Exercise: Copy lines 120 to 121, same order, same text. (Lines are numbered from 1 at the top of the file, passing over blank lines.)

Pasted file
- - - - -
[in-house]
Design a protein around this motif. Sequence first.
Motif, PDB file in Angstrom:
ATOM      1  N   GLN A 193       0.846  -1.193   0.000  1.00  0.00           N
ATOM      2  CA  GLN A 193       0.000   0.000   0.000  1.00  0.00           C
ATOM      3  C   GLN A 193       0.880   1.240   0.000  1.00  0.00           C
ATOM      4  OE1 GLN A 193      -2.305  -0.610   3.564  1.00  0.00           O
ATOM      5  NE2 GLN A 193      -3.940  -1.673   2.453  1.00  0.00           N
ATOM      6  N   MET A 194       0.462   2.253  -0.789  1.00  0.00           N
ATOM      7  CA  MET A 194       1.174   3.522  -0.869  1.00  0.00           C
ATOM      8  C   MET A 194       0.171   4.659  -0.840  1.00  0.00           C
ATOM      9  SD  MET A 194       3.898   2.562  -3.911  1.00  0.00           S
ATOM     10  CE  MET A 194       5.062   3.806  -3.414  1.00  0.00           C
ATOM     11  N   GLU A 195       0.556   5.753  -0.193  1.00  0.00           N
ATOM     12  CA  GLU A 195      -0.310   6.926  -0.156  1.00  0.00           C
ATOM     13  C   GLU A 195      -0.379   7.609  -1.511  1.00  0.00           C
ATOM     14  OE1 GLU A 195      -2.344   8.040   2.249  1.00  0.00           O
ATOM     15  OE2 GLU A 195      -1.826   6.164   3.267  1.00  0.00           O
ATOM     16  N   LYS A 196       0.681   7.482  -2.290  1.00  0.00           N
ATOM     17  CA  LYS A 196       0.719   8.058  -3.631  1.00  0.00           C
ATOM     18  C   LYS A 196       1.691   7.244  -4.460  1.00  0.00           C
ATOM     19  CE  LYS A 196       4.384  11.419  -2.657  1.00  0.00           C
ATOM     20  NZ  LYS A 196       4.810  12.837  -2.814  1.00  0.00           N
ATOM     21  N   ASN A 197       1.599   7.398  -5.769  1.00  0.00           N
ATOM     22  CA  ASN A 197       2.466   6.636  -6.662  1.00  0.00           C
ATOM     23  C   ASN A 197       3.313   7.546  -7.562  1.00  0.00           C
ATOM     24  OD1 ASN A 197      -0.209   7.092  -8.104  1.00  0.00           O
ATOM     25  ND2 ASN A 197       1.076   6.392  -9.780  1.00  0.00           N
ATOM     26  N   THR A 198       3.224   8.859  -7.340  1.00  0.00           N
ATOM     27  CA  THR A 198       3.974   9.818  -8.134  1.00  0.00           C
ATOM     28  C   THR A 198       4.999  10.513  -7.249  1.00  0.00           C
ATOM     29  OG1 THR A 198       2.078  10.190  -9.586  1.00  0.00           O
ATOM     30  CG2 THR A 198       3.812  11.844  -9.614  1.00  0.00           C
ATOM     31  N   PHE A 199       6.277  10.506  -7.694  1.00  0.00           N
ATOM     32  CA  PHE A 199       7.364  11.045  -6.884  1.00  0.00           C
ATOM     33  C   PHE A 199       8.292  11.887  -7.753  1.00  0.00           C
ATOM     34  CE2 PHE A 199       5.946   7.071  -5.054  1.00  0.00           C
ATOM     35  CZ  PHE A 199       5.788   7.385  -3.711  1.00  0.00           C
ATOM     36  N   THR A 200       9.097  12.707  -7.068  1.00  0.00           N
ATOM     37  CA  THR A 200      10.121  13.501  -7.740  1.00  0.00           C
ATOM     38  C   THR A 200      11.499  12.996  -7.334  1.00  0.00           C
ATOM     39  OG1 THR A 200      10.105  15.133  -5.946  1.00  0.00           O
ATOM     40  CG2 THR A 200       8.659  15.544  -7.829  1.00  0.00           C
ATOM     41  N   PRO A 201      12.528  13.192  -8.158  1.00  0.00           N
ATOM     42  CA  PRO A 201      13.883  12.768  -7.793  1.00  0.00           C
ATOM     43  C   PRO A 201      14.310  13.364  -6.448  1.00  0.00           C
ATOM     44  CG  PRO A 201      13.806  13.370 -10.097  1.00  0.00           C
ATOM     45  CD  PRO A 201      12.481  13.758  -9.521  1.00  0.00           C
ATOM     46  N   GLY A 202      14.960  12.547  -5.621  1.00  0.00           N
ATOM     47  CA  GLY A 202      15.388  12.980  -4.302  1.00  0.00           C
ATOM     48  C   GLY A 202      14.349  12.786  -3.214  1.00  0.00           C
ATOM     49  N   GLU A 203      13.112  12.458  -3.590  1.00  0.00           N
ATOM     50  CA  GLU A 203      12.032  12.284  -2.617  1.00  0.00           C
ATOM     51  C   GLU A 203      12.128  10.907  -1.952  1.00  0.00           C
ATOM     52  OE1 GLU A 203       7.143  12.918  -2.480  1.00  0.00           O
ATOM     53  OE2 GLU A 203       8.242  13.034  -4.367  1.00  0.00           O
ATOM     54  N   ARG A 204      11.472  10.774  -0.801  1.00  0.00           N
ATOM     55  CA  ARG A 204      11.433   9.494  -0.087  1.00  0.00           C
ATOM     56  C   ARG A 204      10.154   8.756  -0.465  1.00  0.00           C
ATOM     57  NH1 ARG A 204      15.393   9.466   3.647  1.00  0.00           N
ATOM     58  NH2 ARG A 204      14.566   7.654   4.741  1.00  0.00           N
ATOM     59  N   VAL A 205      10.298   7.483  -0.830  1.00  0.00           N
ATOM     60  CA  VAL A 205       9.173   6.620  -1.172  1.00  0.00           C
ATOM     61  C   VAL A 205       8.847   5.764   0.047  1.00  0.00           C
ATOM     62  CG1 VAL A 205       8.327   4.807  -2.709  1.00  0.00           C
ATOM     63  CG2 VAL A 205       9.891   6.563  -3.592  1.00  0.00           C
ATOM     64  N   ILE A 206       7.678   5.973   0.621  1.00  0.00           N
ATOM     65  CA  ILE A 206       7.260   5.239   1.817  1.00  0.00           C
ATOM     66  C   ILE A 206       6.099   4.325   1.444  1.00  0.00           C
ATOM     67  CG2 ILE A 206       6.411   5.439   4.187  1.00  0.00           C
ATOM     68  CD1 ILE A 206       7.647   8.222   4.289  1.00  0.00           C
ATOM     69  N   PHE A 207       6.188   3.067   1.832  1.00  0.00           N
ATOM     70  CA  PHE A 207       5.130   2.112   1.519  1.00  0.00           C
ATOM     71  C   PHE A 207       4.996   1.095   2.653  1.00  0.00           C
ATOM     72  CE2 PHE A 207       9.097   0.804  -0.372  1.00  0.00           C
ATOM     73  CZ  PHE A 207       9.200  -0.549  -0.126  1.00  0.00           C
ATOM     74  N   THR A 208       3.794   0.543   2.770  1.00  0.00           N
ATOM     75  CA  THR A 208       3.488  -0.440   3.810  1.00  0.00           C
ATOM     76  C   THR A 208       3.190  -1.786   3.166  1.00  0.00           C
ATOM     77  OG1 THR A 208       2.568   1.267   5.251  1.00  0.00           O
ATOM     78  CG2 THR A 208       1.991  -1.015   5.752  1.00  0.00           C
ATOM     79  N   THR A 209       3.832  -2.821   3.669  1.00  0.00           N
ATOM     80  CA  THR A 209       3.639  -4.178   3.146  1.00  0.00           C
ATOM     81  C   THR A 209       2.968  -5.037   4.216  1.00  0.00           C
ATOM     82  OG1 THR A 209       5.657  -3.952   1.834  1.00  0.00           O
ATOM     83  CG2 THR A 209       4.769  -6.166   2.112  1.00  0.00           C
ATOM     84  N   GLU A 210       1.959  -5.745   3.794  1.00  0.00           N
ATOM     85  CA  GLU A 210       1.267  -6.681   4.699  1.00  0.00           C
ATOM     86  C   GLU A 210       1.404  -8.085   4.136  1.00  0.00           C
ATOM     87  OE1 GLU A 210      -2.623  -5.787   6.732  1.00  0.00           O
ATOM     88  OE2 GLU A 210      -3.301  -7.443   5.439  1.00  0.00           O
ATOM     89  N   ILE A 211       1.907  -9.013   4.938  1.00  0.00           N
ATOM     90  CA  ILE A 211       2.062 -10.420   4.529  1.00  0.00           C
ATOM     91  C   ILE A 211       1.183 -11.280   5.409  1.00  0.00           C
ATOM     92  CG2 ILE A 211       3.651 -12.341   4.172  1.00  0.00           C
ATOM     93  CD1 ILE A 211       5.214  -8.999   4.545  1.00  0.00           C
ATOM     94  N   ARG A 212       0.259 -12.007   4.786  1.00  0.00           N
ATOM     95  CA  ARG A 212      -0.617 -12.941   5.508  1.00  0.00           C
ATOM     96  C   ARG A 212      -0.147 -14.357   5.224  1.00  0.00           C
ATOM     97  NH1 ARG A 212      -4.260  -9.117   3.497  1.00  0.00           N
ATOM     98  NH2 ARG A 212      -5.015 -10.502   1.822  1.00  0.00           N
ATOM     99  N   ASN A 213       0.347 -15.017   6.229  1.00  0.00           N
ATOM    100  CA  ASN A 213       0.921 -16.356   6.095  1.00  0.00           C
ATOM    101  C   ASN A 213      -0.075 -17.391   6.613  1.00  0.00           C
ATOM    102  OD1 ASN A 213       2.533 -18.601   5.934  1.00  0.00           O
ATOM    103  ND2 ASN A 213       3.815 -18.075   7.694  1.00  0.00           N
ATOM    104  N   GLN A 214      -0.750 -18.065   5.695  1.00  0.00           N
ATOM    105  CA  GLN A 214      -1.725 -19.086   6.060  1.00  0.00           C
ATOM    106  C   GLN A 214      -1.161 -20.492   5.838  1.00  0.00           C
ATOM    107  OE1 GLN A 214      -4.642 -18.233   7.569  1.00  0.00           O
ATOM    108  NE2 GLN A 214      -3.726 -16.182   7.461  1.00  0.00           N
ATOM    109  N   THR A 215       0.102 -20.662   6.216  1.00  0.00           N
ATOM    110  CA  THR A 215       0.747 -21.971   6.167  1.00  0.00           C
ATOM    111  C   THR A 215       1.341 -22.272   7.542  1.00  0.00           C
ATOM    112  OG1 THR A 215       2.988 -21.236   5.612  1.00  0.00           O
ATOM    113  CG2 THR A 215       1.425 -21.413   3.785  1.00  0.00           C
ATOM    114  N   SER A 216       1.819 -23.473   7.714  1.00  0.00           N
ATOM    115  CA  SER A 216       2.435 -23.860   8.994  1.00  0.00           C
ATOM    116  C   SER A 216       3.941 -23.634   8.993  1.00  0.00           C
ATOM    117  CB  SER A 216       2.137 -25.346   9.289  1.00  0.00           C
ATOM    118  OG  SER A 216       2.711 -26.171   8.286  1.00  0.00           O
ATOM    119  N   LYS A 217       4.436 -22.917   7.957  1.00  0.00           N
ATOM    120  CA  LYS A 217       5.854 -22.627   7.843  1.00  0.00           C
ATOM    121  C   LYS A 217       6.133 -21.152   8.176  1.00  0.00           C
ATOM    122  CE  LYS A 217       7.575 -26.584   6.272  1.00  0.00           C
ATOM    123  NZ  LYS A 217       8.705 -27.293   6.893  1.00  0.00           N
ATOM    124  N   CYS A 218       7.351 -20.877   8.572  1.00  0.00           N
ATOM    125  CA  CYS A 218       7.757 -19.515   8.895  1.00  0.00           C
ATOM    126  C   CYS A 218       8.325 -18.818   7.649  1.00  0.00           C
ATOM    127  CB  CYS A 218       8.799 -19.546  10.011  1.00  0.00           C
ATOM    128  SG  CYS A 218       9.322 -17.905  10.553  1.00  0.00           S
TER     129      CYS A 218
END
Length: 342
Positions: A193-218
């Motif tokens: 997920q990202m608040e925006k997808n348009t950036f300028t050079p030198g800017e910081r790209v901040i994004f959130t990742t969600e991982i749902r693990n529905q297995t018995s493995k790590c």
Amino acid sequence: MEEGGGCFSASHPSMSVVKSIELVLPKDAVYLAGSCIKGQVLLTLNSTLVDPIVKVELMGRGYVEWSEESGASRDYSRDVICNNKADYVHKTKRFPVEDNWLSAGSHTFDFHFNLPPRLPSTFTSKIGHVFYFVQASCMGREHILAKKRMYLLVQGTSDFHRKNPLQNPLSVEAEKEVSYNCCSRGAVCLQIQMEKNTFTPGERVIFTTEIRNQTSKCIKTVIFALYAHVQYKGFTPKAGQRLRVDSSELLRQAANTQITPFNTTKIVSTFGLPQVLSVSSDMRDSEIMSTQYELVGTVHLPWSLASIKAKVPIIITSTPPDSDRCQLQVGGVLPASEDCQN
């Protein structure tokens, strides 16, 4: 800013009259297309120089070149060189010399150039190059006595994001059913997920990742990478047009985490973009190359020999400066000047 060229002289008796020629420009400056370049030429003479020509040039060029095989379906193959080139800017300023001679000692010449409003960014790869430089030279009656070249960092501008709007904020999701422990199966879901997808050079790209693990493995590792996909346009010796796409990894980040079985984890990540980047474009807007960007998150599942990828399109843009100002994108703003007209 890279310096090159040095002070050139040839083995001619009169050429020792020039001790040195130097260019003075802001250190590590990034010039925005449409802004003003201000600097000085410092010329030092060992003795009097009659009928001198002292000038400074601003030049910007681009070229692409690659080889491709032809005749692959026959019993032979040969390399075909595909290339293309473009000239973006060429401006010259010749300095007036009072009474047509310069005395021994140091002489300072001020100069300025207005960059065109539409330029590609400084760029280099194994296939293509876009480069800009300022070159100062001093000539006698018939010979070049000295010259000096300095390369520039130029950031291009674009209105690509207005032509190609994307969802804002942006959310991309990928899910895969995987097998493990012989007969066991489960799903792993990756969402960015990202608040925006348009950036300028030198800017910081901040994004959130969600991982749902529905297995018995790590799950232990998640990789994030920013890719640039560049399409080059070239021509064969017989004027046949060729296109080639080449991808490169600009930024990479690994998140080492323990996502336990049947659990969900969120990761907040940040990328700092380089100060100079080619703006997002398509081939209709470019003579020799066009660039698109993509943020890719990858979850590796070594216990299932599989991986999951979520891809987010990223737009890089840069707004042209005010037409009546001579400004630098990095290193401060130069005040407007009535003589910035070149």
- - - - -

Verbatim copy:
ATOM    117  CB  SER A 216       2.137 -25.346   9.289  1.00  0.00           C
ATOM    118  OG  SER A 216       2.711 -26.171   8.286  1.00  0.00           O